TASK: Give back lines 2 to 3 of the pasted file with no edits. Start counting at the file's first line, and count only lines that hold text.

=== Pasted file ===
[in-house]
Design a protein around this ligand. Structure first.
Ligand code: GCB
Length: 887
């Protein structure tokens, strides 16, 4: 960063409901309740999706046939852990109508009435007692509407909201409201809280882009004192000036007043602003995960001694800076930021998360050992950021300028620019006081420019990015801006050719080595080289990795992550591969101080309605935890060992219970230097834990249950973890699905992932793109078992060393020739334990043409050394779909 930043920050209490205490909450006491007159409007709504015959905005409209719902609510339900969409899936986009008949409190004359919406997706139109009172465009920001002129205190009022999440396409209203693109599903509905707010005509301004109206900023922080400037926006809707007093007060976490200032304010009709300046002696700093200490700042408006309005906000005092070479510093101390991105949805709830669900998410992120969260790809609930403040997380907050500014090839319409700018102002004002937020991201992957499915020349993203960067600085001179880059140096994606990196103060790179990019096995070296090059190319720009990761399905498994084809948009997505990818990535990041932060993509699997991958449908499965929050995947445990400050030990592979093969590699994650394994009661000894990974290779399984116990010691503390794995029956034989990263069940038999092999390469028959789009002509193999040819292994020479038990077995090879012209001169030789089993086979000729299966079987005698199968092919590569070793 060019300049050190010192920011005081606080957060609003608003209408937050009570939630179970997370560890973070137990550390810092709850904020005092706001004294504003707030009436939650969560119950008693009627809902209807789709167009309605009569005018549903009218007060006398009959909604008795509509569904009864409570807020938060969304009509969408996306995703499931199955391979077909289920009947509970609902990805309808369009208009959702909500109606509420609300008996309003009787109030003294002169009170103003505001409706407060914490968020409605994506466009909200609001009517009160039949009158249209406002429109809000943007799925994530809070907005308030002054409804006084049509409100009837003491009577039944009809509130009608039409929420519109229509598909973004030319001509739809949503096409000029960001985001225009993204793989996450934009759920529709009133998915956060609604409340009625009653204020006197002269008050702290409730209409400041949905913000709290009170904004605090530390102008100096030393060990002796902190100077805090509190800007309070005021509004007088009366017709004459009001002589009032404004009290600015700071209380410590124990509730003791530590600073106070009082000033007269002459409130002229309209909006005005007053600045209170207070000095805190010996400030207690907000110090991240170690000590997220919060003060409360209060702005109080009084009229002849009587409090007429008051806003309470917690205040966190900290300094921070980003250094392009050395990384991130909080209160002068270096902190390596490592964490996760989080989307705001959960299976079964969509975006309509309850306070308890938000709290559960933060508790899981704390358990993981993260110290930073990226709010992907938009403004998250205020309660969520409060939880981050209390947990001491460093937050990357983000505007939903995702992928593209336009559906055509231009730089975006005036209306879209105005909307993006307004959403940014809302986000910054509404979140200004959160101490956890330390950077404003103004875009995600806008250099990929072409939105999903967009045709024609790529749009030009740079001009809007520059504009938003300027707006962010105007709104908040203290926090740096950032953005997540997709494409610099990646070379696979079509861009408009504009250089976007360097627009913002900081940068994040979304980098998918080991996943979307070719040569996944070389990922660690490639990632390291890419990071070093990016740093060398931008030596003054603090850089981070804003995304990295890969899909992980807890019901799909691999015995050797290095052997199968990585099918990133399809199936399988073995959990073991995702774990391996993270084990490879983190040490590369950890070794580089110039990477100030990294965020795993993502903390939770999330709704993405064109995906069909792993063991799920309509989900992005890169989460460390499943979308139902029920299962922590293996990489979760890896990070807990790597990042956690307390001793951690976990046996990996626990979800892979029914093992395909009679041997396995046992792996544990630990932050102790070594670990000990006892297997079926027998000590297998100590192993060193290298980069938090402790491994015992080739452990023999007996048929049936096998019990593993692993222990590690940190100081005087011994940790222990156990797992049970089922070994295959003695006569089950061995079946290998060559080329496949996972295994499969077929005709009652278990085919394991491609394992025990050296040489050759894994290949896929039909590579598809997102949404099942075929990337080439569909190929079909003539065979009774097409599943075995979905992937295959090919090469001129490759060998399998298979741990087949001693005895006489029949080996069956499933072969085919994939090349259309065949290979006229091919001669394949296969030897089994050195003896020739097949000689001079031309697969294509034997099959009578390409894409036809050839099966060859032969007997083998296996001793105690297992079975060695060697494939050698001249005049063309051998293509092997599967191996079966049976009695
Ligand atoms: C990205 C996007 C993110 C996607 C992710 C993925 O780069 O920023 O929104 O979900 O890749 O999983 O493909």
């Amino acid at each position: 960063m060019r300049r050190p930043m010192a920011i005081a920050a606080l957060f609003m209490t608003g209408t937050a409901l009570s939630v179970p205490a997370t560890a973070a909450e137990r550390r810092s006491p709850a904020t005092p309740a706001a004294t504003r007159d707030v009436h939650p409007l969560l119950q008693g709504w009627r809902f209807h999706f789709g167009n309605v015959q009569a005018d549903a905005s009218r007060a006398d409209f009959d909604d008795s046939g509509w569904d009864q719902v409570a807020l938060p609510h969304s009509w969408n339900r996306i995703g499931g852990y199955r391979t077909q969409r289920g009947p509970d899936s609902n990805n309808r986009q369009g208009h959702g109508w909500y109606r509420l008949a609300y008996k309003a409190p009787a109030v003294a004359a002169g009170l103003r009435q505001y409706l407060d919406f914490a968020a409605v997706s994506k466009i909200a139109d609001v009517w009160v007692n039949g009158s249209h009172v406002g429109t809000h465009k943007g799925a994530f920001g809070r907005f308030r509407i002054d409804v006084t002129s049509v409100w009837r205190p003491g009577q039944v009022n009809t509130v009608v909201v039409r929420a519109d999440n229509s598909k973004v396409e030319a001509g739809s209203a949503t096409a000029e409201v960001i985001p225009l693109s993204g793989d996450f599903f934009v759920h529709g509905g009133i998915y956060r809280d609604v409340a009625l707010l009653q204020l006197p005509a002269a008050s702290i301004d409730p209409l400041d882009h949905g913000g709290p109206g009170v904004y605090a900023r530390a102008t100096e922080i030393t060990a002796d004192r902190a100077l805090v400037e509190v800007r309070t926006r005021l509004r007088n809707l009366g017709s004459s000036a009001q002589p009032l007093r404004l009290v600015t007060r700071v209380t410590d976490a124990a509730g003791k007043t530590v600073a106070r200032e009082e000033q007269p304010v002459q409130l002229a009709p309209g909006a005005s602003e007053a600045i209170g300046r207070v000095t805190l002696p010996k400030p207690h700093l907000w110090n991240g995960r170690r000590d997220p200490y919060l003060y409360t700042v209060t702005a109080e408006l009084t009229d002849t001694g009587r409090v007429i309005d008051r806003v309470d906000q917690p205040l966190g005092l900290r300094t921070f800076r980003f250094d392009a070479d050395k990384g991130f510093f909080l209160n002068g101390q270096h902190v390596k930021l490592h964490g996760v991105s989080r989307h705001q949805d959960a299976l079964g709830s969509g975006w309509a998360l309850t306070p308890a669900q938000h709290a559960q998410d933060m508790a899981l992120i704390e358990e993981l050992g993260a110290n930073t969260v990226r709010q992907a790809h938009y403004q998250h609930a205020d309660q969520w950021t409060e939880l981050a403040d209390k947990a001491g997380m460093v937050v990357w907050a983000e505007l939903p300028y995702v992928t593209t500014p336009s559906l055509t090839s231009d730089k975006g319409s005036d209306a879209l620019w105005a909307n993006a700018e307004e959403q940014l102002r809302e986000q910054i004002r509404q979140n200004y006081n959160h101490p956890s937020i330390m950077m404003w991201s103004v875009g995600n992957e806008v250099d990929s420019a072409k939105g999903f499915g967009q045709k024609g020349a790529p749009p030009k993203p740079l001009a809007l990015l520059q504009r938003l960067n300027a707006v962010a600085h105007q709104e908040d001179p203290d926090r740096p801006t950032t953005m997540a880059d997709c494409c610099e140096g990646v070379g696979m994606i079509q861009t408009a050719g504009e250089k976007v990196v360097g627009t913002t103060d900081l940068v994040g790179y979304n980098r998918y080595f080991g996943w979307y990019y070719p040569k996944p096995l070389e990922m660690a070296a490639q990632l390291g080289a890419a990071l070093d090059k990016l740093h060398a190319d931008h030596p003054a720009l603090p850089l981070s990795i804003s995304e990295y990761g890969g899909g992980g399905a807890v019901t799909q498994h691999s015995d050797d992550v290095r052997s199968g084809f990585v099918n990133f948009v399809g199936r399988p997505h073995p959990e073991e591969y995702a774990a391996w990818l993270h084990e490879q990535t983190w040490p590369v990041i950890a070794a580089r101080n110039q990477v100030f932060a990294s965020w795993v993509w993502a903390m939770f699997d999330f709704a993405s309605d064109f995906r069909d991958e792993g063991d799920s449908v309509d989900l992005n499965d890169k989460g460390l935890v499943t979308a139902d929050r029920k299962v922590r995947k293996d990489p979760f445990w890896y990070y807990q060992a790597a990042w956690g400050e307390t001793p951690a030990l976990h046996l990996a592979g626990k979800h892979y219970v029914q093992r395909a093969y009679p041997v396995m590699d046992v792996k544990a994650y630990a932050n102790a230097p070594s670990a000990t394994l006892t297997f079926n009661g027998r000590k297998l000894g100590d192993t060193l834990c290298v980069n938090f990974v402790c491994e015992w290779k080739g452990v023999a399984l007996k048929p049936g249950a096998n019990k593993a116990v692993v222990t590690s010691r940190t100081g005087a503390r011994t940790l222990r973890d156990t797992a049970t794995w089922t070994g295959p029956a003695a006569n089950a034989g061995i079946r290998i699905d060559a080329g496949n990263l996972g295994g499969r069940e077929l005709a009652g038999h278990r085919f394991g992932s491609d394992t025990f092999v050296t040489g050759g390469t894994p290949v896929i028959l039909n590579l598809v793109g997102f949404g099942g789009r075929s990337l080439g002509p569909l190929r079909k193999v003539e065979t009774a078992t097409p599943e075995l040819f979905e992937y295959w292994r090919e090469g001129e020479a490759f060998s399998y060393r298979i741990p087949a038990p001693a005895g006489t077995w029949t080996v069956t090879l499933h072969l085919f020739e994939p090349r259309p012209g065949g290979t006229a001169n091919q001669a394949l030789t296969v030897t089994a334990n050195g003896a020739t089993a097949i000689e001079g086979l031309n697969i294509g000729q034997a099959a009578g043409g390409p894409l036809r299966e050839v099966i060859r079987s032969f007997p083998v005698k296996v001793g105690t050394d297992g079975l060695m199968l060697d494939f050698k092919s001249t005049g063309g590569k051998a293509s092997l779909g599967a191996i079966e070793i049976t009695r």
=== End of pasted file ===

Design a protein around this ligand. Structure first.
Ligand code: GCB